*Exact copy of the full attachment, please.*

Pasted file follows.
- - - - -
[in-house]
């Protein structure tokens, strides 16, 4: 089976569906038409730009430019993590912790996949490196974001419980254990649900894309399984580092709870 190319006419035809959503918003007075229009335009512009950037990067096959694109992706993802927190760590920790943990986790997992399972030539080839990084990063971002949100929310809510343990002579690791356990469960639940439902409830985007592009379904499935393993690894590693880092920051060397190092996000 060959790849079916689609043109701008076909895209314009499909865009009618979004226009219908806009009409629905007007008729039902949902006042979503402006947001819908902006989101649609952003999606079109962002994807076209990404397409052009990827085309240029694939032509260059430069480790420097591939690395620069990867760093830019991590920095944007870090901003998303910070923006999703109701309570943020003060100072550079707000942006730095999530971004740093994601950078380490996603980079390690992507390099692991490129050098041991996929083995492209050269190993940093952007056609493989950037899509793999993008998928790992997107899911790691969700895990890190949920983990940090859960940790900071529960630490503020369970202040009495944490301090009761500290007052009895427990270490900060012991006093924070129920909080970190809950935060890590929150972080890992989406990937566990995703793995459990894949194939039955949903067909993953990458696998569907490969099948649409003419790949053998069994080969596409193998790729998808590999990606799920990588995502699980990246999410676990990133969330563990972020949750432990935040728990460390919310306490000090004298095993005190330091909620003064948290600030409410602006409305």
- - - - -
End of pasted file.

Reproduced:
[in-house]
């Protein structure tokens, strides 16, 4: 089976569906038409730009430019993590912790996949490196974001419980254990649900894309399984580092709870 190319006419035809959503918003007075229009335009512009950037990067096959694109992706993802927190760590920790943990986790997992399972030539080839990084990063971002949100929310809510343990002579690791356990469960639940439902409830985007592009379904499935393993690894590693880092920051060397190092996000 060959790849079916689609043109701008076909895209314009499909865009009618979004226009219908806009009409629905007007008729039902949902006042979503402006947001819908902006989101649609952003999606079109962002994807076209990404397409052009990827085309240029694939032509260059430069480790420097591939690395620069990867760093830019991590920095944007870090901003998303910070923006999703109701309570943020003060100072550079707000942006730095999530971004740093994601950078380490996603980079390690992507390099692991490129050098041991996929083995492209050269190993940093952007056609493989950037899509793999993008998928790992997107899911790691969700895990890190949920983990940090859960940790900071529960630490503020369970202040009495944490301090009761500290007052009895427990270490900060012991006093924070129920909080970190809950935060890590929150972080890992989406990937566990995703793995459990894949194939039955949903067909993953990458696998569907490969099948649409003419790949053998069994080969596409193998790729998808590999990606799920990588995502699980990246999410676990990133969330563990972020949750432990935040728990460390919310306490000090004298095993005190330091909620003064948290600030409410602006409305």